New Delhi: A preliminary study published by South African scientists suggests that the Omicron variant is three times more likely to cause reinfection as compared to previous Delta and Beta variant strains.
The findings of the study, which are yet to be peer-reviewed, collected data from the country’s health system and provided the first epidemiological evidence that Omicron is capable of evading immunity derived from the previous infection.
“Recent reinfections have occurred in individuals whose primary infections occurred across all three waves, with the most having their primary infection in the Delta wave,” tweeted Juliet Pulliam, director of the South African DSI-NRF Centre of Excellence in Epidemiological Modelling and Analysis.
She said that it proves that Omicron has the advantage to infect those who had previously been infected with Covid-19 strains in the previous two waves.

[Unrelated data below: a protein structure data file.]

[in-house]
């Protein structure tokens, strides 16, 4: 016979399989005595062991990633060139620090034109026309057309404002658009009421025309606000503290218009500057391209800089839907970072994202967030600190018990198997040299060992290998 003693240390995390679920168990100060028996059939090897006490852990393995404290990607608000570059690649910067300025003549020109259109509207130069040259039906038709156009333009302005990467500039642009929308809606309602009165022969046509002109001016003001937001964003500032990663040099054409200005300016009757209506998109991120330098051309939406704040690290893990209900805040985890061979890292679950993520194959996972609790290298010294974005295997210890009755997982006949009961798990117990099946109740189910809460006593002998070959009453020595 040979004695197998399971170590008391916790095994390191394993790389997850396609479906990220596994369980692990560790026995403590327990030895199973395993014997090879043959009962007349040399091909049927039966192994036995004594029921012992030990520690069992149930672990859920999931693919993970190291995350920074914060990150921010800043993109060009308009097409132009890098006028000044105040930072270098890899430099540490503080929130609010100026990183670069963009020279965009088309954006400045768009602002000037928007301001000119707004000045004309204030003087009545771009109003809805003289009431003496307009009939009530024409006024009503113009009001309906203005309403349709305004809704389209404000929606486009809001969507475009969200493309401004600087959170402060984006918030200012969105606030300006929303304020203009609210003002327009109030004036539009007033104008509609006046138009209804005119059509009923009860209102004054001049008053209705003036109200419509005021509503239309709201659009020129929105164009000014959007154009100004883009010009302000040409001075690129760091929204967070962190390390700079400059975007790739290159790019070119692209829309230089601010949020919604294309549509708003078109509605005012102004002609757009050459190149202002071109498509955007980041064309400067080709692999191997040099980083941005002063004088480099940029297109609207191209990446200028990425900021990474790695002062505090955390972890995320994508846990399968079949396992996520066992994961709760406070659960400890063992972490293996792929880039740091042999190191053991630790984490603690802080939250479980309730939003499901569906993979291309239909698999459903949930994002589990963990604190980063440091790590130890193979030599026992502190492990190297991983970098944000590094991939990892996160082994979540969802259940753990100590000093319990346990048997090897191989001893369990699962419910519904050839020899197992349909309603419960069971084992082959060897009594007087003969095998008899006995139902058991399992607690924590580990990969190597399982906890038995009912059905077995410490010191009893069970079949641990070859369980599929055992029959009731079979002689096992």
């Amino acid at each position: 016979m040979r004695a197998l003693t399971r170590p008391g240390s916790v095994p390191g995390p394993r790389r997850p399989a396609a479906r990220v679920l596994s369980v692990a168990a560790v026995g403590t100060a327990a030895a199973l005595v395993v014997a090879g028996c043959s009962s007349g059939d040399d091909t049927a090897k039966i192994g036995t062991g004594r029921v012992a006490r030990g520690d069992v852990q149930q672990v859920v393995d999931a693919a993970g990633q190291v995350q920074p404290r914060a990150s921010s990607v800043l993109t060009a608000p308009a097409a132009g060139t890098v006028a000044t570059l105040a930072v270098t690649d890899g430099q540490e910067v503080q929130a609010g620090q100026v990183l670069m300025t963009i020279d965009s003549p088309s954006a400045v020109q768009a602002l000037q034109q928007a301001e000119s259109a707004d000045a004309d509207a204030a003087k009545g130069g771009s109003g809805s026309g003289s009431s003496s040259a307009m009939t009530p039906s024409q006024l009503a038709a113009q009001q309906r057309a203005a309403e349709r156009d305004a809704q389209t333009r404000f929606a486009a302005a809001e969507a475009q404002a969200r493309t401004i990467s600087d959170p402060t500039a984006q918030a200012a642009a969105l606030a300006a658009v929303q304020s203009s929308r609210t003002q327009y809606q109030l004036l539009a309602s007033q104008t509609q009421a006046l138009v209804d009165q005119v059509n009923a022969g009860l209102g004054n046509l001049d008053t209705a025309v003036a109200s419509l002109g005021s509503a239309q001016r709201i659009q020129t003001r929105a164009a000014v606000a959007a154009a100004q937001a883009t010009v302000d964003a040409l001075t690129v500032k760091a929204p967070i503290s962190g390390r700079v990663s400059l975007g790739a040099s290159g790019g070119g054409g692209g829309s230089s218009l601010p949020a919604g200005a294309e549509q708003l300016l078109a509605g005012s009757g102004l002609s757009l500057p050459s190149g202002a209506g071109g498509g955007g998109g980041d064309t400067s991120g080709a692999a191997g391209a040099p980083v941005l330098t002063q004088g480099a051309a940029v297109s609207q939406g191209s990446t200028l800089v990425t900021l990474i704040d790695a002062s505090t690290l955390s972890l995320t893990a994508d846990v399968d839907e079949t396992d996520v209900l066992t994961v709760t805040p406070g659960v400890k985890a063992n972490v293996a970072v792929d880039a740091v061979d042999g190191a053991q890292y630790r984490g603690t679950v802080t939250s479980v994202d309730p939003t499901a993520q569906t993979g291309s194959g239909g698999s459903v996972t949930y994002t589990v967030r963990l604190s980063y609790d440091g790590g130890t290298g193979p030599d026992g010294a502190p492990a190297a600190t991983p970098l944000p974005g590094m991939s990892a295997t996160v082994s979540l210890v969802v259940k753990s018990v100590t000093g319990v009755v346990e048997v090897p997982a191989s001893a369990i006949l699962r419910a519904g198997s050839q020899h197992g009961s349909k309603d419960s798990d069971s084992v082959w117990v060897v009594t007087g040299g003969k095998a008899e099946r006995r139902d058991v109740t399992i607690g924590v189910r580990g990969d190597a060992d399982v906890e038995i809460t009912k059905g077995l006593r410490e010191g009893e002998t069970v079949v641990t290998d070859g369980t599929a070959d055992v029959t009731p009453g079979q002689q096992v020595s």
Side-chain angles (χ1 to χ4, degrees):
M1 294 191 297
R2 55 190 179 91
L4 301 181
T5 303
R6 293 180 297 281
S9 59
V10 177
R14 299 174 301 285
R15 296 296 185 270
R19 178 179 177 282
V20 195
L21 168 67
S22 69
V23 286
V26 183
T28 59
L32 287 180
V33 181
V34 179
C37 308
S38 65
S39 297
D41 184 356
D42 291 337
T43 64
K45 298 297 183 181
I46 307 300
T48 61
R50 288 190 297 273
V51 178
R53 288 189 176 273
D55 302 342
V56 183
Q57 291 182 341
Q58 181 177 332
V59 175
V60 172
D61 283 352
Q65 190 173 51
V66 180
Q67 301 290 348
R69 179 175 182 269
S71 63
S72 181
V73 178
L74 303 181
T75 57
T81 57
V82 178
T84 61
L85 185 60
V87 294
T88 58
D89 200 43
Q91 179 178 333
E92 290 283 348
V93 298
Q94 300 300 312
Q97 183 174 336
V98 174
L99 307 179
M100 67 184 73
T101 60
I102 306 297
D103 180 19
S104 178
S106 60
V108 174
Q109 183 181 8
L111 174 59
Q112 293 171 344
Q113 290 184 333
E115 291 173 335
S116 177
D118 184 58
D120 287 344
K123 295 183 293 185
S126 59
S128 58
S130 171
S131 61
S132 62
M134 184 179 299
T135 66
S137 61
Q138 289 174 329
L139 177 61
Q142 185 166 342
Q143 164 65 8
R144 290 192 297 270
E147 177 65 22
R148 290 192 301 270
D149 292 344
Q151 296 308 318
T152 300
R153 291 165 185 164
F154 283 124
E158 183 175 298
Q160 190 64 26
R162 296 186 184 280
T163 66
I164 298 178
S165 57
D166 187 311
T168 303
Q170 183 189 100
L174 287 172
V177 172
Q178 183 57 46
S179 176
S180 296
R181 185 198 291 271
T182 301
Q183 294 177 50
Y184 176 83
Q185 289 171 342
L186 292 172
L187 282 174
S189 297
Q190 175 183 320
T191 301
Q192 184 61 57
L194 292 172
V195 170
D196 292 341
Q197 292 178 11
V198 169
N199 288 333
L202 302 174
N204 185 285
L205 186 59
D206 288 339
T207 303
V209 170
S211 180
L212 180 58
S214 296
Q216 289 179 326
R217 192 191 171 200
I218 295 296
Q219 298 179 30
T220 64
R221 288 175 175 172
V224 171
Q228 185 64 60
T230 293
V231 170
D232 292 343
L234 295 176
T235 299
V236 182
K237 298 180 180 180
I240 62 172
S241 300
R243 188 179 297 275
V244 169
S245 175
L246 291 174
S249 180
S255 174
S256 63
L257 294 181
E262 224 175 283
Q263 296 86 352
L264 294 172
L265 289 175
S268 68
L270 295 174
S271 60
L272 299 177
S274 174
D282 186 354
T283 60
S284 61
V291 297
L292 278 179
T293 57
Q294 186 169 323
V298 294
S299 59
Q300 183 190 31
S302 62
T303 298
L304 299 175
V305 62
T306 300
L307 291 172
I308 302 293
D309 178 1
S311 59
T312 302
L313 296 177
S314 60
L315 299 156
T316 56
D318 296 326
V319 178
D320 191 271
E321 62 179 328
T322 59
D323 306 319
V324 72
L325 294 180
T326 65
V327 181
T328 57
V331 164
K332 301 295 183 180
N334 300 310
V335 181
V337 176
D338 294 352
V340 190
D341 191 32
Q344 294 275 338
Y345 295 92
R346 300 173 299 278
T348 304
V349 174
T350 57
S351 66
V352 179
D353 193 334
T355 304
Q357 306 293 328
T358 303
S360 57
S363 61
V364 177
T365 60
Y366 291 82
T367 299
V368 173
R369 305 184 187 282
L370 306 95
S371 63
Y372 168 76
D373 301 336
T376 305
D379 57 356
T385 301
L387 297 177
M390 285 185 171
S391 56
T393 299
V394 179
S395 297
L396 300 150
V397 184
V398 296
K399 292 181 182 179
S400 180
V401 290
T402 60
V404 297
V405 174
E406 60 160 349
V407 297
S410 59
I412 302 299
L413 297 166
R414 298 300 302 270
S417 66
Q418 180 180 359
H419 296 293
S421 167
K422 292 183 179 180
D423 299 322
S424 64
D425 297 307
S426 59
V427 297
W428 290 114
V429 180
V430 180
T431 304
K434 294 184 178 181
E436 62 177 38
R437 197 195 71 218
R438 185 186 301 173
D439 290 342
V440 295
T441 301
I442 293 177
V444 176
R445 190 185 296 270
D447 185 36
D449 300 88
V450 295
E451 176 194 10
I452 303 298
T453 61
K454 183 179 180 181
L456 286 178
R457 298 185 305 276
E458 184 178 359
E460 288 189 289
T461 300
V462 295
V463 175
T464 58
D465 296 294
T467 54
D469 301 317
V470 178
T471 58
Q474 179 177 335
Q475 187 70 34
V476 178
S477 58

“These findings suggest that Omicron’s selection advantage is at least partially driven by an increased ability to infect previously infected individuals,” she said.
She further added that now the study will need to focus on the data of the vaccinated people and the prevalence of Omicron strain in such individuals.
“We do not have information about the vaccination status of individuals in our data set and therefore cannot make any assessment of whether Omicron also evades vaccine-derived immunity,” she explained.
The paper was uploaded on a medical preprint server and has not yet been peer-reviewed.
This finding has important implications for public health planning, particularly in countries like South Africa with high rates of immunity from prior infection.
The country is witnessing a jump in recent cases. As of today, the cumulative number of COVID-19 cases identified in South Africa is 2,988,148 cases with 11,535 new cases reported on Thursday. With 44 deaths reported the total death tally has swollen to 89, 915 lives lost so far. The cumulative number of recoveries in South Africa now stands at 2, 850, 905 with a recovery rate of 95.4 per cent, as per the country’s health bulletin.